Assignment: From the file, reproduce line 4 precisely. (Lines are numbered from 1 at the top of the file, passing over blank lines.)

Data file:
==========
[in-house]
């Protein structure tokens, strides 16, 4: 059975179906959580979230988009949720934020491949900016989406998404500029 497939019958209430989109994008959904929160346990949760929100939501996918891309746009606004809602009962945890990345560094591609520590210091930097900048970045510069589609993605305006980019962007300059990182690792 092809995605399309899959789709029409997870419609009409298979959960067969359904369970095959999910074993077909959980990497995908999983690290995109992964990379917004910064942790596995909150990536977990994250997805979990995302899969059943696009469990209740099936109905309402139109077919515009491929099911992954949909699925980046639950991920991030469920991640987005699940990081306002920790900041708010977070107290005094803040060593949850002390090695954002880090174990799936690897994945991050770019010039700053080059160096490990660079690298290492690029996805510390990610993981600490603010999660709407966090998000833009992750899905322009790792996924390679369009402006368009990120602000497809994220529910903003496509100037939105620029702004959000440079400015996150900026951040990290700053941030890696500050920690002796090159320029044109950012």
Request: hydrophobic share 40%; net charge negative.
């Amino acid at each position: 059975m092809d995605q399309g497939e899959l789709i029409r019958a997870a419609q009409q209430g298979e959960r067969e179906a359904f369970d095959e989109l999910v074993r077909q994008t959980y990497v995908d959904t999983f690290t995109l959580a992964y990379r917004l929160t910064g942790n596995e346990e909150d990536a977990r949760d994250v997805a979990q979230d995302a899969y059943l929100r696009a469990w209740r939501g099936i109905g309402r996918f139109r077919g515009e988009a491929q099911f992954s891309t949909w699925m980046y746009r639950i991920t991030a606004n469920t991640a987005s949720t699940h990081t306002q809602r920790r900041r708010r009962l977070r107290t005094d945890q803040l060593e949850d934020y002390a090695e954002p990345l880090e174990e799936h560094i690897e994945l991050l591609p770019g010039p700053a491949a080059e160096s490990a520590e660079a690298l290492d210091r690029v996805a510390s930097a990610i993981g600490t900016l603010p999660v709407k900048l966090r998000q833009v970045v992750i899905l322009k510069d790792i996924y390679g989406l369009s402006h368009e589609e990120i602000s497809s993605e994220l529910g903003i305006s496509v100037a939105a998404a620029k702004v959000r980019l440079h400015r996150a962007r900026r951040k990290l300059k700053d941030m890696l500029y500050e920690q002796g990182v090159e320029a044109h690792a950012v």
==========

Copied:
């Amino acid at each position: 059975m092809d995605q399309g497939e899959l789709i029409r019958a997870a419609q009409q209430g298979e959960r067969e179906a359904f369970d095959e989109l999910v074993r077909q994008t959980y990497v995908d959904t999983f690290t995109l959580a992964y990379r917004l929160t910064g942790n596995e346990e909150d990536a977990r949760d994250v997805a979990q979230d995302a899969y059943l929100r696009a469990w209740r939501g099936i109905g309402r996918f139109r077919g515009e988009a491929q099911f992954s891309t949909w699925m980046y746009r639950i991920t991030a606004n469920t991640a987005s949720t699940h990081t306002q809602r920790r900041r708010r009962l977070r107290t005094d945890q803040l060593e949850d934020y002390a090695e954002p990345l880090e174990e799936h560094i690897e994945l991050l591609p770019g010039p700053a491949a080059e160096s490990a520590e660079a690298l290492d210091r690029v996805a510390s930097a990610i993981g600490t900016l603010p999660v709407k900048l966090r998000q833009v970045v992750i899905l322009k510069d790792i996924y390679g989406l369009s402006h368009e589609e990120i602000s497809s993605e994220l529910g903003i305006s496509v100037a939105a998404a620029k702004v959000r980019l440079h400015r996150a962007r900026r951040k990290l300059k700053d941030m890696l500029y500050e920690q002796g990182v090159e320029a044109h690792a950012v």